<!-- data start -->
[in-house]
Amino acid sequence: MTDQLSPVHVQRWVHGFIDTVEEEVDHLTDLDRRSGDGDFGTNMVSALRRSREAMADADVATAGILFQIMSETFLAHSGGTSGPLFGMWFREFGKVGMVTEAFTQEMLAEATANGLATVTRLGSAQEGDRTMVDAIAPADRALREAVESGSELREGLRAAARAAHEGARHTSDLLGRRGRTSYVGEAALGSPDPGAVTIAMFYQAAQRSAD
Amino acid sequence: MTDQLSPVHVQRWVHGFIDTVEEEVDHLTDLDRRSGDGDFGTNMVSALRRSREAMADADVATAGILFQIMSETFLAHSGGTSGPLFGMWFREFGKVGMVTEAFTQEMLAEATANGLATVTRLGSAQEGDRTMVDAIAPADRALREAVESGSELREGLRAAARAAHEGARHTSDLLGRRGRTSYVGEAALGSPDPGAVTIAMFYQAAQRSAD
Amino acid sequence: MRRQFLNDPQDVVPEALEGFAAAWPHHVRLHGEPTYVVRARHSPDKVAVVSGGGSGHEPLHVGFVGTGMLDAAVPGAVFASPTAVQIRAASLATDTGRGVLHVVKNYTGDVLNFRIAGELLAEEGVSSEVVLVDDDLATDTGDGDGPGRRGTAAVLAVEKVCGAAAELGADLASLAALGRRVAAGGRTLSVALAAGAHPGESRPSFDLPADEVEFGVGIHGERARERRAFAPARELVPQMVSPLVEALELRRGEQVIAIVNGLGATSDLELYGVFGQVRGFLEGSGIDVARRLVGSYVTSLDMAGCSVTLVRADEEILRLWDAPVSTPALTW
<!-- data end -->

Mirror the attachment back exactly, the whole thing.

[in-house]
Amino acid sequence: MTDQLSPVHVQRWVHGFIDTVEEEVDHLTDLDRRSGDGDFGTNMVSALRRSREAMADADVATAGILFQIMSETFLAHSGGTSGPLFGMWFREFGKVGMVTEAFTQEMLAEATANGLATVTRLGSAQEGDRTMVDAIAPADRALREAVESGSELREGLRAAARAAHEGARHTSDLLGRRGRTSYVGEAALGSPDPGAVTIAMFYQAAQRSAD
Amino acid sequence: MTDQLSPVHVQRWVHGFIDTVEEEVDHLTDLDRRSGDGDFGTNMVSALRRSREAMADADVATAGILFQIMSETFLAHSGGTSGPLFGMWFREFGKVGMVTEAFTQEMLAEATANGLATVTRLGSAQEGDRTMVDAIAPADRALREAVESGSELREGLRAAARAAHEGARHTSDLLGRRGRTSYVGEAALGSPDPGAVTIAMFYQAAQRSAD
Amino acid sequence: MRRQFLNDPQDVVPEALEGFAAAWPHHVRLHGEPTYVVRARHSPDKVAVVSGGGSGHEPLHVGFVGTGMLDAAVPGAVFASPTAVQIRAASLATDTGRGVLHVVKNYTGDVLNFRIAGELLAEEGVSSEVVLVDDDLATDTGDGDGPGRRGTAAVLAVEKVCGAAAELGADLASLAALGRRVAAGGRTLSVALAAGAHPGESRPSFDLPADEVEFGVGIHGERARERRAFAPARELVPQMVSPLVEALELRRGEQVIAIVNGLGATSDLELYGVFGQVRGFLEGSGIDVARRLVGSYVTSLDMAGCSVTLVRADEEILRLWDAPVSTPALTW